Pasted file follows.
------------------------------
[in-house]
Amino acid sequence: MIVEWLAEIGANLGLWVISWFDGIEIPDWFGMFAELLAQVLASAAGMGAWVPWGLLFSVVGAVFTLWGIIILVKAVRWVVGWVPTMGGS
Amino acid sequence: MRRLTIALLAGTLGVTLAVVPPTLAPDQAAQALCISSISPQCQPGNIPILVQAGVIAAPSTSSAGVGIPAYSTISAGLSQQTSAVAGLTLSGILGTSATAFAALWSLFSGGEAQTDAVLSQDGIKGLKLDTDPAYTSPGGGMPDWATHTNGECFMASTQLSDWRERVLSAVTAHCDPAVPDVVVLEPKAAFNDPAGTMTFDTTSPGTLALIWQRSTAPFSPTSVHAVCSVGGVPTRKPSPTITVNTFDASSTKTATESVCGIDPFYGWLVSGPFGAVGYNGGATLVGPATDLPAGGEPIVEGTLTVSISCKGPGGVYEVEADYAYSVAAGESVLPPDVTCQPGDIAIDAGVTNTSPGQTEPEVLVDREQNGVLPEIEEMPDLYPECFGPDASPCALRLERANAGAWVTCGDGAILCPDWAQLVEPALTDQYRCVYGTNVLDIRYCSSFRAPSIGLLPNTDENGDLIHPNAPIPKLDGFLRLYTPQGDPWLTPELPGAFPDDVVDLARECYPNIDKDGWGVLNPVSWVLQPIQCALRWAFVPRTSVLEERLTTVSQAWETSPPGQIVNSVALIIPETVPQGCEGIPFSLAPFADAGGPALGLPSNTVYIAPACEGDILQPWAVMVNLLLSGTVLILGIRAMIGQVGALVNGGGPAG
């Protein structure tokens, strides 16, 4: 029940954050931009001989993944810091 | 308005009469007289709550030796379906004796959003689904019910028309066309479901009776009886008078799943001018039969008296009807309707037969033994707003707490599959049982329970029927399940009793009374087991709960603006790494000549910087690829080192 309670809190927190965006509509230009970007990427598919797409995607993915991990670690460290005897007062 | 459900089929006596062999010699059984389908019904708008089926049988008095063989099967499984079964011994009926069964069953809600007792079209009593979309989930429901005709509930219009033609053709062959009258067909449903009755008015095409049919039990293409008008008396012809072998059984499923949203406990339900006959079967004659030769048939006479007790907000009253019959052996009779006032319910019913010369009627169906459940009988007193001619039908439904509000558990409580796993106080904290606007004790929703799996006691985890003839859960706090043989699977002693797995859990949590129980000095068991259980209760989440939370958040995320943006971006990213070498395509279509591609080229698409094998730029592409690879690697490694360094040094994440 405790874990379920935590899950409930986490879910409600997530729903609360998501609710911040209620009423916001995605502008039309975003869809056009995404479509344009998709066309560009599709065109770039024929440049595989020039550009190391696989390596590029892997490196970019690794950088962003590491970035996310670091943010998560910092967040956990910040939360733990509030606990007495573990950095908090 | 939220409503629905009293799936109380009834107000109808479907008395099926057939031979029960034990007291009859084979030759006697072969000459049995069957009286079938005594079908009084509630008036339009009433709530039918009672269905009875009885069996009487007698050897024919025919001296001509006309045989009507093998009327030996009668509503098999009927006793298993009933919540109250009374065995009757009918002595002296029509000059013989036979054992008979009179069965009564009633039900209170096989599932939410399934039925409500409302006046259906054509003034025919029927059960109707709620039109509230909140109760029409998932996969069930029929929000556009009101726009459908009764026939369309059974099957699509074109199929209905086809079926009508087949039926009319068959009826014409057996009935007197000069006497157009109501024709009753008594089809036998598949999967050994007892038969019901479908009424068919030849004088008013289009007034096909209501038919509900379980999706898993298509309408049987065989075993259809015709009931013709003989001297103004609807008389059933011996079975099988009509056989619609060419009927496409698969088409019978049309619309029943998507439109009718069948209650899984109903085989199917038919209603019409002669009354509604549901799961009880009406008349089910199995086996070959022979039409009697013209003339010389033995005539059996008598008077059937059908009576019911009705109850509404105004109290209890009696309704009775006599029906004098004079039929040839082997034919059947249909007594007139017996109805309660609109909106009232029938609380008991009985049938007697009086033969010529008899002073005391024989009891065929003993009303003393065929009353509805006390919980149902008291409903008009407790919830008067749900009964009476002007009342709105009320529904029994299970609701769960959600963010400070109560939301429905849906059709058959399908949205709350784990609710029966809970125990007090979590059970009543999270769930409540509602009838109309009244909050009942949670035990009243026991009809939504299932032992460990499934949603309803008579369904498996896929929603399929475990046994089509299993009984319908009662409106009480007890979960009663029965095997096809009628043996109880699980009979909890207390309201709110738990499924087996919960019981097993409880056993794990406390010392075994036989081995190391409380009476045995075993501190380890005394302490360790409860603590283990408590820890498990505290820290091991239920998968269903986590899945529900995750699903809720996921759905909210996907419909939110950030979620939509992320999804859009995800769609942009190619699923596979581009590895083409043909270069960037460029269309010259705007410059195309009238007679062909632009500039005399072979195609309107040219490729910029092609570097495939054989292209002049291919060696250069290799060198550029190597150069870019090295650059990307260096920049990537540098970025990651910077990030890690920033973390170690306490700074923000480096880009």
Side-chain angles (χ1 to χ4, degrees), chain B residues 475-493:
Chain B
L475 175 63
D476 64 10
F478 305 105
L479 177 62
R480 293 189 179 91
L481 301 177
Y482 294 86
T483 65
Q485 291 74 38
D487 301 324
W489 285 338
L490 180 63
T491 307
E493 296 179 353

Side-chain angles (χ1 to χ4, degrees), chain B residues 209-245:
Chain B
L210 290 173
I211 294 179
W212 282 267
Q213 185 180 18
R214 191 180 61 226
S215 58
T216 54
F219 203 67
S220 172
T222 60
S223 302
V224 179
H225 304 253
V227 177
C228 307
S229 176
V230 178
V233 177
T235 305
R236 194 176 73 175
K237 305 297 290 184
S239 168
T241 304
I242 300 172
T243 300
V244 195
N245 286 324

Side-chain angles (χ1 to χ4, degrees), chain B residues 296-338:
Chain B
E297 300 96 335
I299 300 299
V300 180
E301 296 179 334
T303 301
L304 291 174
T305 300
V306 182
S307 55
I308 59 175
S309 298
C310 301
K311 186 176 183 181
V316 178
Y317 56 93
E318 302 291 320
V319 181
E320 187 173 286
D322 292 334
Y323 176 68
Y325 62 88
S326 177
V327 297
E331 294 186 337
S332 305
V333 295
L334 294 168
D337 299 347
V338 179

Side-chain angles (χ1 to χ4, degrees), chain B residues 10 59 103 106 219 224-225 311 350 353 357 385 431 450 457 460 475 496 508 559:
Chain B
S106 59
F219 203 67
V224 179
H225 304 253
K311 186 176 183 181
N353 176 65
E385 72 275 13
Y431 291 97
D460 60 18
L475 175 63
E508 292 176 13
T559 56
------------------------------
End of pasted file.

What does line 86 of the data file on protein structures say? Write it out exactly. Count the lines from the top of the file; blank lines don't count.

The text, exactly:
H225 304 253